WALL STREET CHEAT SHEET: 6 States Where Average Student Debt Is Over $30,000
Career College Central Summary:
Debt remains a prerequisite for millions of students obtaining a college degree. Across the nation, student loan levels continue to rise with each passing school year, but how much varies significantly by state and college.
The majority of graduates in the United States are holding a diploma in one hand and student loans in the other. In 2013, seven in 10 graduating seniors at public and private nonprofit colleges had student loans, according to a new report from the Institute for College Access and Success (TICAS). Nationally, the average debt for these graduates totaled $28,400, 2% higher than the previous year. However, at nearly one in five colleges, average debt burdens jumped 10% or more. In both years, about one-fifth of new graduates’ debt was in private loans.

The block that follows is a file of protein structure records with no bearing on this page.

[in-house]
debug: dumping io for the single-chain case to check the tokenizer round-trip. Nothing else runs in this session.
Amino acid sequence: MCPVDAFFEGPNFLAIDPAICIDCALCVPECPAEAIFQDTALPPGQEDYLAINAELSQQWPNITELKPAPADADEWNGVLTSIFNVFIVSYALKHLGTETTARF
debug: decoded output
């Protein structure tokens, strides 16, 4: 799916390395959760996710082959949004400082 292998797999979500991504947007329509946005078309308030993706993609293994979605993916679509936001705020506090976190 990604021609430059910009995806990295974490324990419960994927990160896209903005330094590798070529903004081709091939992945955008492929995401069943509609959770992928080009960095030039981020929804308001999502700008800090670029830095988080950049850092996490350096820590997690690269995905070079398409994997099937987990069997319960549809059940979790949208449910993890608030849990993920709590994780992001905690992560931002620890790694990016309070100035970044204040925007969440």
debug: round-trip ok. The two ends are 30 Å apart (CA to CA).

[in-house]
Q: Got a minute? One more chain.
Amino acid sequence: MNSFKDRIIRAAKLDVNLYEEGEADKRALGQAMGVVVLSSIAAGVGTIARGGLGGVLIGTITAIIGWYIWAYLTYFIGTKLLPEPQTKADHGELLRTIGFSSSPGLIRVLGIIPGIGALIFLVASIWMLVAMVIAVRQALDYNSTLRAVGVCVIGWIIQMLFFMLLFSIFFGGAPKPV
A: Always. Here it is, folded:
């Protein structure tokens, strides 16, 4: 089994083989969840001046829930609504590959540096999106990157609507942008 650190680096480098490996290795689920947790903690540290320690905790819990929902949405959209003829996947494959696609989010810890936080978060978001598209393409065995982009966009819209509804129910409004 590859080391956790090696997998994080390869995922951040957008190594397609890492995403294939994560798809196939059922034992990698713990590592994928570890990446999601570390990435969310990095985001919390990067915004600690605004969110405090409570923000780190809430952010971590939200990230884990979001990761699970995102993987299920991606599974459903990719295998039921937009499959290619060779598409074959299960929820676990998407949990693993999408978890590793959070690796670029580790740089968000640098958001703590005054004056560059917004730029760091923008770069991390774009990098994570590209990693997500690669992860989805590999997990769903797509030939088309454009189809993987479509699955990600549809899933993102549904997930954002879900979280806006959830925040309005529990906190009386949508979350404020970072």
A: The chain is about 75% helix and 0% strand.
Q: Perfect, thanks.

“While loans are increasingly needed to get through school, graduating with burdensome debt is not a foregone conclusion,” said Lauren Asher, president of TICAS, in a press release. “Where you go to college matters, and the kind of loans you have matter, too. Federal student loans come with crucial consumer protections like income-based repayment plans, while private loans offer little or no relief if you hit a rough patch.”
How important is location? At the state level, average debt per borrower at graduation ranged from $18,656 to $32,795. In fact, six states averaged more than $30,000, while only one state averaged less than $20,000. As the table below shows, nearly all the highest debt states are in the Northeast and Midwest, with the lowest debt states in the West and South.
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WALL STREET CHEAT SHEET